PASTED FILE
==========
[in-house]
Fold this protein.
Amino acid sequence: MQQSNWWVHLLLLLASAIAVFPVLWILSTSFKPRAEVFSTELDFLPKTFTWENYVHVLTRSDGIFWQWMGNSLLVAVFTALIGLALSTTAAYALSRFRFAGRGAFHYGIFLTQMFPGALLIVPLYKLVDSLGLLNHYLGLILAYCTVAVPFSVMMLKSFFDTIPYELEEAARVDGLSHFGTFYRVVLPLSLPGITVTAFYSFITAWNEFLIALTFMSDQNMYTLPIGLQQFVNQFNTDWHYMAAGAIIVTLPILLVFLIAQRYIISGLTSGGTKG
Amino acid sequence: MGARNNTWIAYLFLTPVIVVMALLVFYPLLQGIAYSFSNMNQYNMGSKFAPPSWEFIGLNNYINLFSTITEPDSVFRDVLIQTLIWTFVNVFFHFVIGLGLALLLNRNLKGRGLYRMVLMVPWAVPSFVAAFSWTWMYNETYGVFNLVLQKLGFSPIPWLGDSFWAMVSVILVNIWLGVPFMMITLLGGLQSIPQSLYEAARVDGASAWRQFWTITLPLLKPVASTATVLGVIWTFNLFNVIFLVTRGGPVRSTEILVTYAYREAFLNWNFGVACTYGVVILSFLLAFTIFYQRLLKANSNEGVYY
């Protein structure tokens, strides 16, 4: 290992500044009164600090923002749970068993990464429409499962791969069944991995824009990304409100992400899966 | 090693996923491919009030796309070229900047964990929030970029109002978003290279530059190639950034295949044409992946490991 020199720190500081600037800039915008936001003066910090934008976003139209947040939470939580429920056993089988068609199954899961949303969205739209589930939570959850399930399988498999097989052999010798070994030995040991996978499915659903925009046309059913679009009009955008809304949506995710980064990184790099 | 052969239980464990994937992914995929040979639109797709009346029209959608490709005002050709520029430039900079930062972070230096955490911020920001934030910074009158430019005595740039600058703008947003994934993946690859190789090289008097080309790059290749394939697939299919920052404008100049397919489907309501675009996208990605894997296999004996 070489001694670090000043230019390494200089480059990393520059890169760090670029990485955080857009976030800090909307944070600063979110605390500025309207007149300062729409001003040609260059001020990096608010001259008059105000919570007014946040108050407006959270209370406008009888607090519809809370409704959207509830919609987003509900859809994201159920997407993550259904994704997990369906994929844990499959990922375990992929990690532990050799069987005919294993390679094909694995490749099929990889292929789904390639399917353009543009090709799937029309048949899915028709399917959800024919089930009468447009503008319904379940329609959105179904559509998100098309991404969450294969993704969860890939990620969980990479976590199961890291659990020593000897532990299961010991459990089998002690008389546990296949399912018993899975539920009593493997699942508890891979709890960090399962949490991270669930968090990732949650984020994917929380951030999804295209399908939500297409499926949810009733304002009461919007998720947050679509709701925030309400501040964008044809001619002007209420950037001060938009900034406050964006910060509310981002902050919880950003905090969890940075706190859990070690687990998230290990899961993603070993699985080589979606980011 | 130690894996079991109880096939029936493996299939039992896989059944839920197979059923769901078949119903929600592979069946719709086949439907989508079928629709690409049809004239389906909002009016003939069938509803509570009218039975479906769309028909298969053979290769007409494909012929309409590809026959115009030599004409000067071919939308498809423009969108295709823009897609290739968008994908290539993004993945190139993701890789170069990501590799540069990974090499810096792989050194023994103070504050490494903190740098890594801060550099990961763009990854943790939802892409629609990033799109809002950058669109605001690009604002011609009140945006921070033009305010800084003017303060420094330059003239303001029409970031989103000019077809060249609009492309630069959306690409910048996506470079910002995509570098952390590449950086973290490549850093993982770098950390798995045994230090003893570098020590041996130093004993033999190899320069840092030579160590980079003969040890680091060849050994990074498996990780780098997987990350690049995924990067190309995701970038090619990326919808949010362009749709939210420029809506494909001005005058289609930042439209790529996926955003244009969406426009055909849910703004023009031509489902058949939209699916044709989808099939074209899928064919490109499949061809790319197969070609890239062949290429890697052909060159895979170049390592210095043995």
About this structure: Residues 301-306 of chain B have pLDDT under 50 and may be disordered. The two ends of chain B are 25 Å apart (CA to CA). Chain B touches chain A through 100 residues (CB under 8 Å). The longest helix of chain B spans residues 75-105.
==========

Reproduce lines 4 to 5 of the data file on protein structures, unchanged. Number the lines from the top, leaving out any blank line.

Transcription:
Amino acid sequence: MGARNNTWIAYLFLTPVIVVMALLVFYPLLQGIAYSFSNMNQYNMGSKFAPPSWEFIGLNNYINLFSTITEPDSVFRDVLIQTLIWTFVNVFFHFVIGLGLALLLNRNLKGRGLYRMVLMVPWAVPSFVAAFSWTWMYNETYGVFNLVLQKLGFSPIPWLGDSFWAMVSVILVNIWLGVPFMMITLLGGLQSIPQSLYEAARVDGASAWRQFWTITLPLLKPVASTATVLGVIWTFNLFNVIFLVTRGGPVRSTEILVTYAYREAFLNWNFGVACTYGVVILSFLLAFTIFYQRLLKANSNEGVYY
């Protein structure tokens, strides 16, 4: 290992500044009164600090923002749970068993990464429409499962791969069944991995824009990304409100992400899966 | 090693996923491919009030796309070229900047964990929030970029109002978003290279530059190639950034295949044409992946490991 020199720190500081600037800039915008936001003066910090934008976003139209947040939470939580429920056993089988068609199954899961949303969205739209589930939570959850399930399988498999097989052999010798070994030995040991996978499915659903925009046309059913679009009009955008809304949506995710980064990184790099 | 052969239980464990994937992914995929040979639109797709009346029209959608490709005002050709520029430039900079930062972070230096955490911020920001934030910074009158430019005595740039600058703008947003994934993946690859190789090289008097080309790059290749394939697939299919920052404008100049397919489907309501675009996208990605894997296999004996 070489001694670090000043230019390494200089480059990393520059890169760090670029990485955080857009976030800090909307944070600063979110605390500025309207007149300062729409001003040609260059001020990096608010001259008059105000919570007014946040108050407006959270209370406008009888607090519809809370409704959207509830919609987003509900859809994201159920997407993550259904994704997990369906994929844990499959990922375990992929990690532990050799069987005919294993390679094909694995490749099929990889292929789904390639399917353009543009090709799937029309048949899915028709399917959800024919089930009468447009503008319904379940329609959105179904559509998100098309991404969450294969993704969860890939990620969980990479976590199961890291659990020593000897532990299961010991459990089998002690008389546990296949399912018993899975539920009593493997699942508890891979709890960090399962949490991270669930968090990732949650984020994917929380951030999804295209399908939500297409499926949810009733304002009461919007998720947050679509709701925030309400501040964008044809001619002007209420950037001060938009900034406050964006910060509310981002902050919880950003905090969890940075706190859990070690687990998230290990899961993603070993699985080589979606980011 | 130690894996079991109880096939029936493996299939039992896989059944839920197979059923769901078949119903929600592979069946719709086949439907989508079928629709690409049809004239389906909002009016003939069938509803509570009218039975479906769309028909298969053979290769007409494909012929309409590809026959115009030599004409000067071919939308498809423009969108295709823009897609290739968008994908290539993004993945190139993701890789170069990501590799540069990974090499810096792989050194023994103070504050490494903190740098890594801060550099990961763009990854943790939802892409629609990033799109809002950058669109605001690009604002011609009140945006921070033009305010800084003017303060420094330059003239303001029409970031989103000019077809060249609009492309630069959306690409910048996506470079910002995509570098952390590449950086973290490549850093993982770098950390798995045994230090003893570098020590041996130093004993033999190899320069840092030579160590980079003969040890680091060849050994990074498996990780780098997987990350690049995924990067190309995701970038090619990326919808949010362009749709939210420029809506494909001005005058289609930042439209790529996926955003244009969406426009055909849910703004023009031509489902058949939209699916044709989808099939074209899928064919490109499949061809790319197969070609890239062949290429890697052909060159895979170049390592210095043995």